Involving, as it does, three master musicians and a fine chamber orchestra this was never likely to be be other than rewarding. It may not correspond with the ways of playing Mozart at the beginning of the twenty-first century which are fashionable at the beginning of the twenty-first century, but it has virtues – such as high intelligence, sympathy, certainty of purpose, grace, alertness of interplay – which transcend questions of performance practice. Looking at the names of the pianists above, we might be surprised by the presence of Sir Georg Solti, so used are we to thinking of him as a conductor. But the young Solti appeared in public as a pianist from the age of twelve and went on to study piano in Budapest, with Dohnányi and Bartok.
Loving performances caught in lovely sound, so what's not to love? Not, as it turns out, much, but not, regrettably, nothing at all. Jordi Savall, the gambist cum conductor who directs Le Concert Des Nations, is a genial, even affectionate leader who in these four light works of Mozart grants his players a considerable amount of interpretive freedom. Le Concert Des Nations, Savall's all-purpose classical and pre-classical chamber orchestra, responds with funny, even frothy, playing is as technically assured as it is brilliantly colorful. Alia Vox, Savall's label for everything he records from El Sabio to Monteverdi, catches the performances in a warm, natural, and deep acoustic of amazing vividness.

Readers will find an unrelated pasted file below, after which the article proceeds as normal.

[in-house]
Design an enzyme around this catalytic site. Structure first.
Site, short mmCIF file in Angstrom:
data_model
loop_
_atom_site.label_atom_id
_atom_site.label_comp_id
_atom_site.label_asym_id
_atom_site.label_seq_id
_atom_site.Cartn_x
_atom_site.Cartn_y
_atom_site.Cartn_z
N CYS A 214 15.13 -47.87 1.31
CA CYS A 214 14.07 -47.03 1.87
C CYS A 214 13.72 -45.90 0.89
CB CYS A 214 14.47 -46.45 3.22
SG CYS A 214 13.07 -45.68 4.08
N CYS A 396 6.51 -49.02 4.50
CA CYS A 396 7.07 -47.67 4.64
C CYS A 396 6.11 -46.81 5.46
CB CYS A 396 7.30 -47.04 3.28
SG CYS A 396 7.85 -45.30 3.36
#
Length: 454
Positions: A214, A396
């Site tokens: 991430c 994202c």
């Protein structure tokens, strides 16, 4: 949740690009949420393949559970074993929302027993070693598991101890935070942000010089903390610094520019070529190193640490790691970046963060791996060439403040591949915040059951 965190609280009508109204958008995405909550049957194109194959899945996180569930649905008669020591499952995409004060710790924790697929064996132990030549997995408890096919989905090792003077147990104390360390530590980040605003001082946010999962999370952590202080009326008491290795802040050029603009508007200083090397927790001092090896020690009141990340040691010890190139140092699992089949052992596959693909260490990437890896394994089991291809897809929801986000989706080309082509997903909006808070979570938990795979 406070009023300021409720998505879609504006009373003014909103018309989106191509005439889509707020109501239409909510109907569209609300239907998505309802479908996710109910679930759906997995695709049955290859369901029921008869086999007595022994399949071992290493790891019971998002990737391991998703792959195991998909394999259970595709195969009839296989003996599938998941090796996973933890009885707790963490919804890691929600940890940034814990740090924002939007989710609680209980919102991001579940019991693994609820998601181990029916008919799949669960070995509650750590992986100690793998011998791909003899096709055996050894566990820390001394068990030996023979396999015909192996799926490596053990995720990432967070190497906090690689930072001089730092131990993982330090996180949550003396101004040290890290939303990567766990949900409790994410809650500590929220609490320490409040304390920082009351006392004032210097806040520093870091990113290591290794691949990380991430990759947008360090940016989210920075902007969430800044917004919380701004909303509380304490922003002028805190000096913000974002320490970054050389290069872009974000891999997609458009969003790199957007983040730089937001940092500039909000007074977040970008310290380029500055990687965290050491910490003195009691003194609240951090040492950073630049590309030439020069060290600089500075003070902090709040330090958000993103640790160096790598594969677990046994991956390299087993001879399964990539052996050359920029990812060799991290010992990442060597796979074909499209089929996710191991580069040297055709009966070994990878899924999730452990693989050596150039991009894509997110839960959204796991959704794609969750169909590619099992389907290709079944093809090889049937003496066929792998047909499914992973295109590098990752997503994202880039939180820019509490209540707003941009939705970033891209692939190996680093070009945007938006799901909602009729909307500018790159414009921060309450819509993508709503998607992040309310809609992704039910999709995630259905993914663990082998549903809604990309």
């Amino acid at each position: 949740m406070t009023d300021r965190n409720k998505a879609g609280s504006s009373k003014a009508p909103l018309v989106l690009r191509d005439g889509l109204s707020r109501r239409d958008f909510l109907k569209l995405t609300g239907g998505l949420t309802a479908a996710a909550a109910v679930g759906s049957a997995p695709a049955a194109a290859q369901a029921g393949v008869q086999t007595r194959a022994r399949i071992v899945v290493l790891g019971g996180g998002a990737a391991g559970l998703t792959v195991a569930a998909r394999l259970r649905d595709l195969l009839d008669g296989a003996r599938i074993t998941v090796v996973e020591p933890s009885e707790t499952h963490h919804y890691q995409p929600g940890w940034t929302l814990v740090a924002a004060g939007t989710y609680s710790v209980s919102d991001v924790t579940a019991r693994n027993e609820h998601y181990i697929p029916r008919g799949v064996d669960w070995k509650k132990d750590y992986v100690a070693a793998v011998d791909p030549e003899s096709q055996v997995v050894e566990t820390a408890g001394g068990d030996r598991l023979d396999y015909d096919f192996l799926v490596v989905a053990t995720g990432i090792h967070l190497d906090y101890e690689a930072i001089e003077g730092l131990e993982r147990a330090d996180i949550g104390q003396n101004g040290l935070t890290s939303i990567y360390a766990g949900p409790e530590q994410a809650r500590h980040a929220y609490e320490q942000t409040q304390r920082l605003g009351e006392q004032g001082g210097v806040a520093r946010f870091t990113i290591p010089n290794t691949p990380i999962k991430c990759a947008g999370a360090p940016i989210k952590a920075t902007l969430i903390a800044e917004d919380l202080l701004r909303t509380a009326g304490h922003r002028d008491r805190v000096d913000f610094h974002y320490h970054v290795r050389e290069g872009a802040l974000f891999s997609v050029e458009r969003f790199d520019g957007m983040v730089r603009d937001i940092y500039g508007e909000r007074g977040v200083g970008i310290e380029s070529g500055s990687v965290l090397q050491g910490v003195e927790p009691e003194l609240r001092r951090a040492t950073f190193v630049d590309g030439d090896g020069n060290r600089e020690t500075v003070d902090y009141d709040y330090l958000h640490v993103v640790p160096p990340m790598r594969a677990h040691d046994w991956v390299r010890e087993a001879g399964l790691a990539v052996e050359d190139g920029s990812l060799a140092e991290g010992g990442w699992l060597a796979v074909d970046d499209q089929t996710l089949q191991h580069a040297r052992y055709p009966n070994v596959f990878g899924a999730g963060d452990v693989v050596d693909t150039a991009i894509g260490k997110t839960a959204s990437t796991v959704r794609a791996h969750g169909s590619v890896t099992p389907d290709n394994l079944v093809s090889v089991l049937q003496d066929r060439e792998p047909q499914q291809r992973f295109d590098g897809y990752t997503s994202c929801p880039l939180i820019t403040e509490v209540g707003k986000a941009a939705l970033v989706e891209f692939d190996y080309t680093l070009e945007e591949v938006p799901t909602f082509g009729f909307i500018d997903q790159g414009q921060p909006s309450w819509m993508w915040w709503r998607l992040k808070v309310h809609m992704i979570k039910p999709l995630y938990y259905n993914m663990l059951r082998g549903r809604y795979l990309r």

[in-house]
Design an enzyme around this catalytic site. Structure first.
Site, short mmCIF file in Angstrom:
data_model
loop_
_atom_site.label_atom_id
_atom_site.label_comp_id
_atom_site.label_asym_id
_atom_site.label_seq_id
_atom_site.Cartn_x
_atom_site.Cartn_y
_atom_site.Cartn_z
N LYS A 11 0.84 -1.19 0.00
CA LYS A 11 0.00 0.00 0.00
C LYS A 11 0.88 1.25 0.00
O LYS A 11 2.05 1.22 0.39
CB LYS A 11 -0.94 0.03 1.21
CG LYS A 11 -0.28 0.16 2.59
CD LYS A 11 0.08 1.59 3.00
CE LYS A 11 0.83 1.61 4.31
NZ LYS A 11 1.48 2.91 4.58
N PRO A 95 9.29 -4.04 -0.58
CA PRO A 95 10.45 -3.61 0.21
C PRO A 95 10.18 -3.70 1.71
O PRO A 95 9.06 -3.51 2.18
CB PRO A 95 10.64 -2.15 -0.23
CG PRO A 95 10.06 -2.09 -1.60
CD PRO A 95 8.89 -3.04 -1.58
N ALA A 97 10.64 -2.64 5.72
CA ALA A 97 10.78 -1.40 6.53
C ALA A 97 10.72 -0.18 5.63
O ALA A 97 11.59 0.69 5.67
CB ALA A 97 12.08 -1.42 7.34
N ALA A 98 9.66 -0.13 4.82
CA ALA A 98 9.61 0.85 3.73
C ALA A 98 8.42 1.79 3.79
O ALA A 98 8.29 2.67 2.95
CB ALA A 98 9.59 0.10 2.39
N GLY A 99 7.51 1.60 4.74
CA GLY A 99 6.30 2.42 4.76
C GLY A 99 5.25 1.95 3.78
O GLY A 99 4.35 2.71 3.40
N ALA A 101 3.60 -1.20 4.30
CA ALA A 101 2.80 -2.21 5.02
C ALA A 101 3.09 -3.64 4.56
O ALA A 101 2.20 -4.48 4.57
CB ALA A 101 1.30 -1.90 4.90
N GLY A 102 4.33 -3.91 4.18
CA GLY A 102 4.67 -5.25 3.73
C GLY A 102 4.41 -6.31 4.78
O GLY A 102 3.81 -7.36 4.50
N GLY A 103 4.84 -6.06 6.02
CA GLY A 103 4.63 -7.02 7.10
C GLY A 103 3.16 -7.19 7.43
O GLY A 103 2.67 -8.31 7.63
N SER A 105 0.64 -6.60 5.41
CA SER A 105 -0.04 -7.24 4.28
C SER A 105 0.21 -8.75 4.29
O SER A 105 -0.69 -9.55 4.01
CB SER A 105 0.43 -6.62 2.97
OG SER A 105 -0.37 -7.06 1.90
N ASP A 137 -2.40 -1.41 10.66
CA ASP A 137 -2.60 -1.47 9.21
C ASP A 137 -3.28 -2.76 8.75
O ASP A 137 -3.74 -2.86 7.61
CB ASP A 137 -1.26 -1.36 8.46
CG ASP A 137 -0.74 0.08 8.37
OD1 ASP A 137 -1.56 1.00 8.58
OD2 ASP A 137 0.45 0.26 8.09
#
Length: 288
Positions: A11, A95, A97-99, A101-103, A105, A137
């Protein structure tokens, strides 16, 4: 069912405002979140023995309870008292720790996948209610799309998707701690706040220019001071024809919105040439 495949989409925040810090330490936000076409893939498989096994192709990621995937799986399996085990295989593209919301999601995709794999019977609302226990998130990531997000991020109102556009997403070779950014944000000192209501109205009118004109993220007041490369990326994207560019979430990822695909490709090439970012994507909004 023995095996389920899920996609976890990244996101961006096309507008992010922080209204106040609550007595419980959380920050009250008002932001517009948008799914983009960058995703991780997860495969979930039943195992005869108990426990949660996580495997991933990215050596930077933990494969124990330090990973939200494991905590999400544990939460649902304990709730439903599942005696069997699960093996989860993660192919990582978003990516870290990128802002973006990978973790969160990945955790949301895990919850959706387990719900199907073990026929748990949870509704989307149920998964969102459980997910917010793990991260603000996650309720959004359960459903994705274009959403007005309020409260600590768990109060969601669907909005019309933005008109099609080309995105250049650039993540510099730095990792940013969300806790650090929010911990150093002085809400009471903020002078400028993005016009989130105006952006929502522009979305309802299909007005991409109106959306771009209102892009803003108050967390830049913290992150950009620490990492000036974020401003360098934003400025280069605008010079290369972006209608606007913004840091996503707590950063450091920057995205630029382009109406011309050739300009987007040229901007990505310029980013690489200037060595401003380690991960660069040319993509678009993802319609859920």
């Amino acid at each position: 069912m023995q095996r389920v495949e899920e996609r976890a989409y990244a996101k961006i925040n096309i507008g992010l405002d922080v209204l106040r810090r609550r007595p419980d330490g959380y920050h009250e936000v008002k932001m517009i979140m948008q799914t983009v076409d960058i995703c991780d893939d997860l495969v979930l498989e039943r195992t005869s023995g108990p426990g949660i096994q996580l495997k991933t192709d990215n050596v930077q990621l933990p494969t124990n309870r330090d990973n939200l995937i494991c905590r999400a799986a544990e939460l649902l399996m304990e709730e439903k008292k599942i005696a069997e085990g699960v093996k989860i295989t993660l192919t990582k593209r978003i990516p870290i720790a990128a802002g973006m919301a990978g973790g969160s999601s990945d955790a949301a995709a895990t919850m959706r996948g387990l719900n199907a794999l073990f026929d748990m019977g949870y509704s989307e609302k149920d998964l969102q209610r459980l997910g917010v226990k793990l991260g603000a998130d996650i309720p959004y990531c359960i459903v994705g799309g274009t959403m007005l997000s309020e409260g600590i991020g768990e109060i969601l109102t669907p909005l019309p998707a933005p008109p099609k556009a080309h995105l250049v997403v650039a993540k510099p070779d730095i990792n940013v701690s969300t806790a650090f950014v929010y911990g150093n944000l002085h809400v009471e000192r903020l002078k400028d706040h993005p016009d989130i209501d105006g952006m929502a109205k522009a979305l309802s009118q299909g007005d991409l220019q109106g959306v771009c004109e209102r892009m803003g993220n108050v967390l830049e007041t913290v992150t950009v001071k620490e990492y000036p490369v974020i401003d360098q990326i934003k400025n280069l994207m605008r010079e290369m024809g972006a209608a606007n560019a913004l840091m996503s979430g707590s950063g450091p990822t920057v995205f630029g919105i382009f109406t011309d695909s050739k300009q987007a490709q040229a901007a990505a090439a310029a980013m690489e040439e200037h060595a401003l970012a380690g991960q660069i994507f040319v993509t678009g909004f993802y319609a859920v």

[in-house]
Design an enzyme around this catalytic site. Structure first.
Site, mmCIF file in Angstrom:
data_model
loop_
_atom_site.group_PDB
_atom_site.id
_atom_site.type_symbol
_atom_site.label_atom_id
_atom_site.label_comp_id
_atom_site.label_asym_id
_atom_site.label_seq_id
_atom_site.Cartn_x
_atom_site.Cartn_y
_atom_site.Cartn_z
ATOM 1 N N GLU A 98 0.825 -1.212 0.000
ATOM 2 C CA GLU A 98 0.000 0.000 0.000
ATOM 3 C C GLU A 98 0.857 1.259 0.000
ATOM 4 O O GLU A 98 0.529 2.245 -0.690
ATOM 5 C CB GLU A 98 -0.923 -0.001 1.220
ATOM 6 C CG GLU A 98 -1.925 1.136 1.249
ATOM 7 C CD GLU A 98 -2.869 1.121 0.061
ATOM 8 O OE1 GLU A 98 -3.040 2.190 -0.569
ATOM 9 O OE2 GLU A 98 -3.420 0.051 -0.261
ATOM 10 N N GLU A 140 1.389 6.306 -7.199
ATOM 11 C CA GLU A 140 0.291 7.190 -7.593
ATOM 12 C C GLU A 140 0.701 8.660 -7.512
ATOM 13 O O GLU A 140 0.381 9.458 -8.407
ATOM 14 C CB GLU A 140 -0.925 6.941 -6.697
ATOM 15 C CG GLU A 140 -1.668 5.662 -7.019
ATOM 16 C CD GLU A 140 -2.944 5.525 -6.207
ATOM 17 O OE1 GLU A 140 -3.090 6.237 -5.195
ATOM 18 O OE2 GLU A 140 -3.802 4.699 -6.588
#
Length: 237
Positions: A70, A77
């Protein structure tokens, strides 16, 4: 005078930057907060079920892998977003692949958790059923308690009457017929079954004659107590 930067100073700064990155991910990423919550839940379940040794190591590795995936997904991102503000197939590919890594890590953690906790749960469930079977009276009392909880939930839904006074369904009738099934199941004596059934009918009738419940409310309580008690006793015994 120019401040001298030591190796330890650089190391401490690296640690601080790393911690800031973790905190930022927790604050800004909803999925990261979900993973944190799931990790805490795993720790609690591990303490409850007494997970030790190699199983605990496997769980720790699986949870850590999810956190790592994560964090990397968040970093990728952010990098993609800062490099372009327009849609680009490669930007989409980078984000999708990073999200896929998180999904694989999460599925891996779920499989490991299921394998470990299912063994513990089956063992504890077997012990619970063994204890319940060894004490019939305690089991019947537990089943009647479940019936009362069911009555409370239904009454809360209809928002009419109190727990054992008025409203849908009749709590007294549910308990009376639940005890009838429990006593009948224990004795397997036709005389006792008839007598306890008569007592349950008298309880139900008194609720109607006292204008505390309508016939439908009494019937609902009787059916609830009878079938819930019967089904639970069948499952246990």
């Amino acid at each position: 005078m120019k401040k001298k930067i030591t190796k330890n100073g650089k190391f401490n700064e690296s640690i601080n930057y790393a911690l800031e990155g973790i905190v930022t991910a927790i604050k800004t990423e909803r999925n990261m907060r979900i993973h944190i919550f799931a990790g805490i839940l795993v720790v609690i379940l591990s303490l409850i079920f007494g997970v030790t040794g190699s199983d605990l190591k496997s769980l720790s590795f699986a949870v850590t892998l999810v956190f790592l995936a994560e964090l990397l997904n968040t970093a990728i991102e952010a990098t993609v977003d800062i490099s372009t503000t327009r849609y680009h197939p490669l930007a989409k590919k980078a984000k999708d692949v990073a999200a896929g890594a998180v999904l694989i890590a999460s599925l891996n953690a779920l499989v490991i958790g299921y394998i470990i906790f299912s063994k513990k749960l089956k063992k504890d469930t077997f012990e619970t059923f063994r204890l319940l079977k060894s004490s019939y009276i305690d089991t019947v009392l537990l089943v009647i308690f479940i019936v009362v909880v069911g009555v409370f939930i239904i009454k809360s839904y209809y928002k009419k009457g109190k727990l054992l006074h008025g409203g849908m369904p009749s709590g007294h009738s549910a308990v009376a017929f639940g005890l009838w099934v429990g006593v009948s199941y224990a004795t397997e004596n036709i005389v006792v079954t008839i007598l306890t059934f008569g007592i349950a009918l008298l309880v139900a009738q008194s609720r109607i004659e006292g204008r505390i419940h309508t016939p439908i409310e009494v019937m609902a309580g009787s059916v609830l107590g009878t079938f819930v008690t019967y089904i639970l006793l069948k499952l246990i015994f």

Central to Hélène Grimaud's first live album for Deutsche Grammophon is the significance she finds in the slow movement of the Piano Concerto No. 23 in A major, K. 488, of Wolfgang Amadeus Mozart. This movement is a touchstone for her, insofar as she regards it as the most sublime music, "where you find the real Mozart." She has also stated, "Even if this movement were all we had, that would be enough." Because of the emphasis Grimaud places on this poignant Adagio in F sharp minor, listeners may be tempted to cut to the chase and skip the other tracks to hear her interpretation.
I heard many great performances of Mozart's Piano Sonatas including: Uchida, Arrau, Wurtz, Eschenbach, Horowitz, and Kempff to name few. But Gulda's tone and interpretation is exceptionally unique, he plays Mozart with full involvement, dedication, passion and inspiration I've never heard from any other player. Those tapes shed the light on a great artist at his most intimate moment of work, as those tapes were supposed to be personal and not intended for public, and hence the sound quality is not top notch but it's worth it considering the legendary performance.
Wolfgang Amadeus Mozart, baptised as Johannes Chrysostomus Wolfgangus Theophilus Mozart, was a prolific and influential composer of the Classical era. Born in Salzburg, he showed prodigious ability from his earliest childhood. Already competent on keyboard and violin, he composed from the age of five and performed before European royalty. At 17, Mozart was engaged as a musician at the Salzburg court, but grew restless and traveled in search of a better position…
MOZART 111 combines the best of the Austrian master's music with the best of Deutsche Grammophon's Mozart recordings, bringing together a total of 111 works, while retaining, as far as possible, the original album releases with their cover art. There's enough of everything here to stock a shop, as they say, in performances that have stood the test of time and performances that make you sit up and listen to Mozart afresh the perfect way to discover, rediscover and savor the incomparable genius of Wolfgang Amadeus Mozart.